Michael Moore Director:
M graphic war footage, adult themes, medium level coarse languageRunning Time:
**Winner 'Palme D'or' Best Picture 2004 Cannes Film Festival**
The Temperature Where Freedom Burns!Synopsis:
One of the most controversial and provocative films of the year, Fahrenheit 9/11 is Academy Award-winning filmmaker Michael Moore's searing examination of the Bush administration's actions in the wake of the tragic events of 9/11. With his characteristic humour and dogged commitment to uncovering the facts, Moore considers the presidency of George W. Bush and where it has led us. He looks at how - and why - Bush and his inner circle avoided pursuing the Saudi connection to 9/11, despite the fact that 15 of the 19 hijackers were Saudis and Saudi money had funded Al Qaeda.
Fahrenheit 9/11 shows us a nation kept in constant fear by FBI alerts and lulled into accepting a piece of legislation, the USA Patriot Act, that infringes on basic civil rights. It is in this atmosphere of confusion, suspicion and dread that the Bush Administration makes its headlong rush towards war in Iraq - and Fahrenheit 9/11 takes us inside that war to tell the stories we haven't heard, illustrating the awful human cost to U.S. soldiers and their families.My Verdict:
'Fahrenheit 9/11' will and is already becoming one of 2004's must-see movies. Regardless of your previous opinion of the USA and it's involvement with questionable characters, this movie will offer some insights that may make you change your mind, or convince you that you've been right all along. Whatever the case, it is a captivating, moving, entertaining, and ultimately intriguing documentary on the George W. Bush administration, and some of the events that have taken place since September 11th, 2001, including the war on Iraq.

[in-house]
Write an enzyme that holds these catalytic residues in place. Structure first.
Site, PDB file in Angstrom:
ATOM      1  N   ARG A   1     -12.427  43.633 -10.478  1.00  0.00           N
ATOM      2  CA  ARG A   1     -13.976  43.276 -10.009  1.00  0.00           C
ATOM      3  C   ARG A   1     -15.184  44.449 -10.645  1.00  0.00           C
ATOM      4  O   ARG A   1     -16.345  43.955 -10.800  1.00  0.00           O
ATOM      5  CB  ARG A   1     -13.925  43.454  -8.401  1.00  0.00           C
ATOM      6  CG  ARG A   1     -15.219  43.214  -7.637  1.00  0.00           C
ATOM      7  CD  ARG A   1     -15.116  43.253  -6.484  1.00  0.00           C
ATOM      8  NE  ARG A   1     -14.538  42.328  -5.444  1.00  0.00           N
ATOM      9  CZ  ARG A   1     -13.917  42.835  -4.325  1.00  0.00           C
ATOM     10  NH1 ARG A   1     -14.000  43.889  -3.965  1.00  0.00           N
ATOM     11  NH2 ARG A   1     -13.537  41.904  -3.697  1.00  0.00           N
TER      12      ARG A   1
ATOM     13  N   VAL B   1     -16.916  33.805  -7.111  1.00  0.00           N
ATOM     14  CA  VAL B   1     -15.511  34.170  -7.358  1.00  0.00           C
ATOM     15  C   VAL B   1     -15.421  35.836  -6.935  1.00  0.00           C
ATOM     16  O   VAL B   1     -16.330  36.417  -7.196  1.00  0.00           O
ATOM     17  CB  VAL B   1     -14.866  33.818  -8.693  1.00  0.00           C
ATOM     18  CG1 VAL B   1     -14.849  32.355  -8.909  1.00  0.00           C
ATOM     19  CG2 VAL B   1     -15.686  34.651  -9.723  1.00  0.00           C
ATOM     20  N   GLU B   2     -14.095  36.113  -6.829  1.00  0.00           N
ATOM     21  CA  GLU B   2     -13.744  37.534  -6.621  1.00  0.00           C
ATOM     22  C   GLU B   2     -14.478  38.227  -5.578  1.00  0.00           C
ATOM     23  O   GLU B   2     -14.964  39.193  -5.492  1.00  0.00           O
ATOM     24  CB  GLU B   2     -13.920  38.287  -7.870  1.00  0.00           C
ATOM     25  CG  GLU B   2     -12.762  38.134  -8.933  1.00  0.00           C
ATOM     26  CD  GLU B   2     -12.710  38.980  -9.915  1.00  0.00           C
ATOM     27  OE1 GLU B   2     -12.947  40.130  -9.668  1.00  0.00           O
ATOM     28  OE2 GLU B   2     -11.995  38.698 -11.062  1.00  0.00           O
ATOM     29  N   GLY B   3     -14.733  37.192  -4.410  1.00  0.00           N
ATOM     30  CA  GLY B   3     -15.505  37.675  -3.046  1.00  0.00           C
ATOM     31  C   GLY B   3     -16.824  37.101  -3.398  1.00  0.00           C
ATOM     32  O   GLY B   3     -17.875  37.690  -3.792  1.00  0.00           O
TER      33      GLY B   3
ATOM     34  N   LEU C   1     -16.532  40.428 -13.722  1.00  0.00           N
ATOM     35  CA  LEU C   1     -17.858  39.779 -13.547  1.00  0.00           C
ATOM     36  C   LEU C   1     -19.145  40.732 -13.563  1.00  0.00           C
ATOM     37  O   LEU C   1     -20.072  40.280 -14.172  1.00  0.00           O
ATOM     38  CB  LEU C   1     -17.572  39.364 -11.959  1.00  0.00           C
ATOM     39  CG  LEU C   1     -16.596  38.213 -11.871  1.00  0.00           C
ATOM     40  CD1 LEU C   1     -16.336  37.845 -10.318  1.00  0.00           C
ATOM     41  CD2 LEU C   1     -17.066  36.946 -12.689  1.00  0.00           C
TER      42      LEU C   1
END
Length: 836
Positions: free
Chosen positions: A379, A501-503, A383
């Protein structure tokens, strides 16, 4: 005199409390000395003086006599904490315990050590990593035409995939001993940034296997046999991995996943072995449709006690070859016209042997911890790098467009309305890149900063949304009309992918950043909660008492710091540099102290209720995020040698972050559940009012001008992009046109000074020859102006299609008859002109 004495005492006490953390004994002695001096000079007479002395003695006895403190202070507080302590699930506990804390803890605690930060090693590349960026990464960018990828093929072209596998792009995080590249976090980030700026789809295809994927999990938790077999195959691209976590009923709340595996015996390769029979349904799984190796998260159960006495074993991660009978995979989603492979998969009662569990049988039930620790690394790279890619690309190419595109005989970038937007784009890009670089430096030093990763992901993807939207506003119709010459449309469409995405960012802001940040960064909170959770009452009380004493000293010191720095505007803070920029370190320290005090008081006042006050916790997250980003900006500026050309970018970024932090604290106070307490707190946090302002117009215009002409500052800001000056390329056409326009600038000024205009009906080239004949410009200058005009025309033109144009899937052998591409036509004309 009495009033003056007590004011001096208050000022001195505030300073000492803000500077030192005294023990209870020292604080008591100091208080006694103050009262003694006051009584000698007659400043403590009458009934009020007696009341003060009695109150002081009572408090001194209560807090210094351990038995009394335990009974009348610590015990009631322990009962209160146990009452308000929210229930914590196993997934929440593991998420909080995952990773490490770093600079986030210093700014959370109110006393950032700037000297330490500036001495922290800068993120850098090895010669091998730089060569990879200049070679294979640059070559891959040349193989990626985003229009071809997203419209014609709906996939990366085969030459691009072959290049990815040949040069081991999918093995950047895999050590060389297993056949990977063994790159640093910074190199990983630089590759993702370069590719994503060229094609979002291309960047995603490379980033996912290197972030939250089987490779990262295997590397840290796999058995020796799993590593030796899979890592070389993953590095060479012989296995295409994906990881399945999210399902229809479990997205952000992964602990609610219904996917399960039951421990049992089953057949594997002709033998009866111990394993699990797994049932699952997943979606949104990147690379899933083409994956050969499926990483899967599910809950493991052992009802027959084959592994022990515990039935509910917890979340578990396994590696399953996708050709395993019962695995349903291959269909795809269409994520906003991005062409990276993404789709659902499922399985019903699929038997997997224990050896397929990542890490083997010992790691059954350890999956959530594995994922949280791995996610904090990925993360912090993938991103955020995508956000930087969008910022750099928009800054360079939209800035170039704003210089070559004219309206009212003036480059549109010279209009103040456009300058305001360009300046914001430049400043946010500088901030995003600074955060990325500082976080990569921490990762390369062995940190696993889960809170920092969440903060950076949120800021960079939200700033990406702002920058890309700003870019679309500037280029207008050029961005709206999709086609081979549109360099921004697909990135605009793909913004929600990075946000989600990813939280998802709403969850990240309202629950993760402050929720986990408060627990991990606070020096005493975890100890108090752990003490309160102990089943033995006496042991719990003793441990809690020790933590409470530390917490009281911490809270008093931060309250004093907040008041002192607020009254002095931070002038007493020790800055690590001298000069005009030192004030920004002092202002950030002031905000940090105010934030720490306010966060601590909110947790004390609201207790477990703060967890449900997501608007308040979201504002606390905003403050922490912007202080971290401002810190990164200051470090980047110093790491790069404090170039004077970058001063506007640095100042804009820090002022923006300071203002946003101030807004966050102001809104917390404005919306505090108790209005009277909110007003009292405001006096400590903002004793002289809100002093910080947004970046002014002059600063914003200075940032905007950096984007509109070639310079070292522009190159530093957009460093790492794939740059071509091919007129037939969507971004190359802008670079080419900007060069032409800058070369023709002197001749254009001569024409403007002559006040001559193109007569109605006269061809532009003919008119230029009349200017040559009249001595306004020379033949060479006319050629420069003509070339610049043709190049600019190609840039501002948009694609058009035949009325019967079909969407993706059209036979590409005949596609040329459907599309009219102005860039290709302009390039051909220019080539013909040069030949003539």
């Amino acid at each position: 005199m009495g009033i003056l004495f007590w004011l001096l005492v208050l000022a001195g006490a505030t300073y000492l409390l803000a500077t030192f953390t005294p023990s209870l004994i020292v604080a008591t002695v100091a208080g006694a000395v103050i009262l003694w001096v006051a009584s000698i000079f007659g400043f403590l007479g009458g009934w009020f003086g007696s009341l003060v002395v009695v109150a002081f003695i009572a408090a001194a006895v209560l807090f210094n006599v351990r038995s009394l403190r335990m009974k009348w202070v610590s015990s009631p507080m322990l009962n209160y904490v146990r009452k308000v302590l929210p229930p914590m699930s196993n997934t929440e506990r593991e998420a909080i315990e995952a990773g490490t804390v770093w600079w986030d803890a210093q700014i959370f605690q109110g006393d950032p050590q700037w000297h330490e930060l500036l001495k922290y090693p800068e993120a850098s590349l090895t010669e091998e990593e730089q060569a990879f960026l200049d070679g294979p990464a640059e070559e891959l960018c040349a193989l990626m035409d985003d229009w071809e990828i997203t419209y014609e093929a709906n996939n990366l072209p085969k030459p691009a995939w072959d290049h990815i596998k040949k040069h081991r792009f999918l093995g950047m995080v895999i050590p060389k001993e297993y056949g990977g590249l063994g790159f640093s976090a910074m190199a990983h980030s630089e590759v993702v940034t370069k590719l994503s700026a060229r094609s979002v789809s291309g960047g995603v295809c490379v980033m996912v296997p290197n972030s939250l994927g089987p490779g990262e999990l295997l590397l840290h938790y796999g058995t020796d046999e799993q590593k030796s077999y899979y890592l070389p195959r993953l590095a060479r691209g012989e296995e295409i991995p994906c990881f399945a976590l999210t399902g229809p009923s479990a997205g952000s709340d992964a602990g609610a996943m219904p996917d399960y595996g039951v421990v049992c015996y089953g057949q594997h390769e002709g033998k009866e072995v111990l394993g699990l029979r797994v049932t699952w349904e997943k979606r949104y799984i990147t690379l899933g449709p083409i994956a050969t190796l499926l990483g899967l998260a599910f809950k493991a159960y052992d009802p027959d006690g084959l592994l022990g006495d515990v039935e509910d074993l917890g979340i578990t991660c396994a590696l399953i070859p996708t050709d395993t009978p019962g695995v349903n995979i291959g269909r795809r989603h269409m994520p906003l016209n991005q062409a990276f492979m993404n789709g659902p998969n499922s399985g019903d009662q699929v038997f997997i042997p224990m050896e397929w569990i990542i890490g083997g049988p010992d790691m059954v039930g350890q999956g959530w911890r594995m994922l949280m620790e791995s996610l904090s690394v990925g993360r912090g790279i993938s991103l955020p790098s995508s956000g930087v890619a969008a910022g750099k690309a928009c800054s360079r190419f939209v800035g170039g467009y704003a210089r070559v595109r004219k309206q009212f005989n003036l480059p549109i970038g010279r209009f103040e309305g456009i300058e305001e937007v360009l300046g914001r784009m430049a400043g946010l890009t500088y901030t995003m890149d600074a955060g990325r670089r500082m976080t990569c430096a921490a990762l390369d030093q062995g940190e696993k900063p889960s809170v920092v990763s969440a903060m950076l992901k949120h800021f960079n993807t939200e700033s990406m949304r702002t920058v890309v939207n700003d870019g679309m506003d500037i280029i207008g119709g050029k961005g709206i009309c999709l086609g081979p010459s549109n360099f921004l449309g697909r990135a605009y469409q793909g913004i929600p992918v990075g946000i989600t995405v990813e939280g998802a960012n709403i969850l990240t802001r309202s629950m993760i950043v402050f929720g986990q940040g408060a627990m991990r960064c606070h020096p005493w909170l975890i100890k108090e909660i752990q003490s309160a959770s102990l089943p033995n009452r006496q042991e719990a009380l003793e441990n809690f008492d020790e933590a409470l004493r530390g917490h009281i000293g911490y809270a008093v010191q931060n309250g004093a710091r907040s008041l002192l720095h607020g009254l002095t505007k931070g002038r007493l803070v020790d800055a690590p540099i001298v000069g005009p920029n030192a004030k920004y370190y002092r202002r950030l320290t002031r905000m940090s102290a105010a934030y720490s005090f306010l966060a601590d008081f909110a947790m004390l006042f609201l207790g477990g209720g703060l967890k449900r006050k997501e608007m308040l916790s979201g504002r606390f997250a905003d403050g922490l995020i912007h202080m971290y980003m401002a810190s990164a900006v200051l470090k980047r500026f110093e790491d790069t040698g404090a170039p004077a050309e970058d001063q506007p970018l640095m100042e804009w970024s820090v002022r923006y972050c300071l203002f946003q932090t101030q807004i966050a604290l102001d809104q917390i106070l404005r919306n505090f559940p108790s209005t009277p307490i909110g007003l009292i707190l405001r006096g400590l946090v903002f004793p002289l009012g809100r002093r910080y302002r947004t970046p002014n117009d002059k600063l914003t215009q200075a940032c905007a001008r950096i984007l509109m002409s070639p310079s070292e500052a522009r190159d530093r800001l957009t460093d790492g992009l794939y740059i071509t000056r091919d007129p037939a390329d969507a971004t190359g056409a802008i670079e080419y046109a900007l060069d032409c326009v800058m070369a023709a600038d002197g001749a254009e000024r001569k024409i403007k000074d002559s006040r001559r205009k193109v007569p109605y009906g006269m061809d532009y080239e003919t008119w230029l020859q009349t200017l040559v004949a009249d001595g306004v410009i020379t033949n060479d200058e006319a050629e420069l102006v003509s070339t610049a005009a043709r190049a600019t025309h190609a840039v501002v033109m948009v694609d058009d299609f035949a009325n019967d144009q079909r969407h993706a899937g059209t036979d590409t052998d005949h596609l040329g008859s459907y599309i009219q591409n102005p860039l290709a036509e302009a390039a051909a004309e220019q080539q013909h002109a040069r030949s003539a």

The movie is typical Michael Moore. It moves along so that it is never boring, containing a mix of the graphically shocking and the funny. Moore narrates the movie, including some very witty lines, but also adding some very biting dialogue that is intended to be provocative and outrageous. Tongue in cheek, Moore goes about his business, where no-one is spared: he shows George W. Bush's reaction on being told of the September 11th attack, he shows Britney Spears thoughts on the President, he shows the unemployment in his hometown of Flint, Michigan and these are but a few of the multitude and variety of images he uses to spread his message. A highlight is his attempt to lure Congressmen into signing their children up for the armed forces: "There's not that many congressmen that've got kids over there… In fact, only one… Maybe you guys should send your kids there first. What do you think about that idea?"
If you have never seen a Michael Moore movie, television program, or read one of his books, 'Fahrenheit 9/11' is the perfect opportunity to acquaint yourself with his work. Some have called his work blatant propaganda, and others a revelation; it's really your choice to decide. Michael has a way with words that can be described as witty, sarcastic and even cynical, yet always very entertaining, and his work in this film is powerful and thought provoking, and for that alone it makes this documentary well worth seeing.
Rating : A-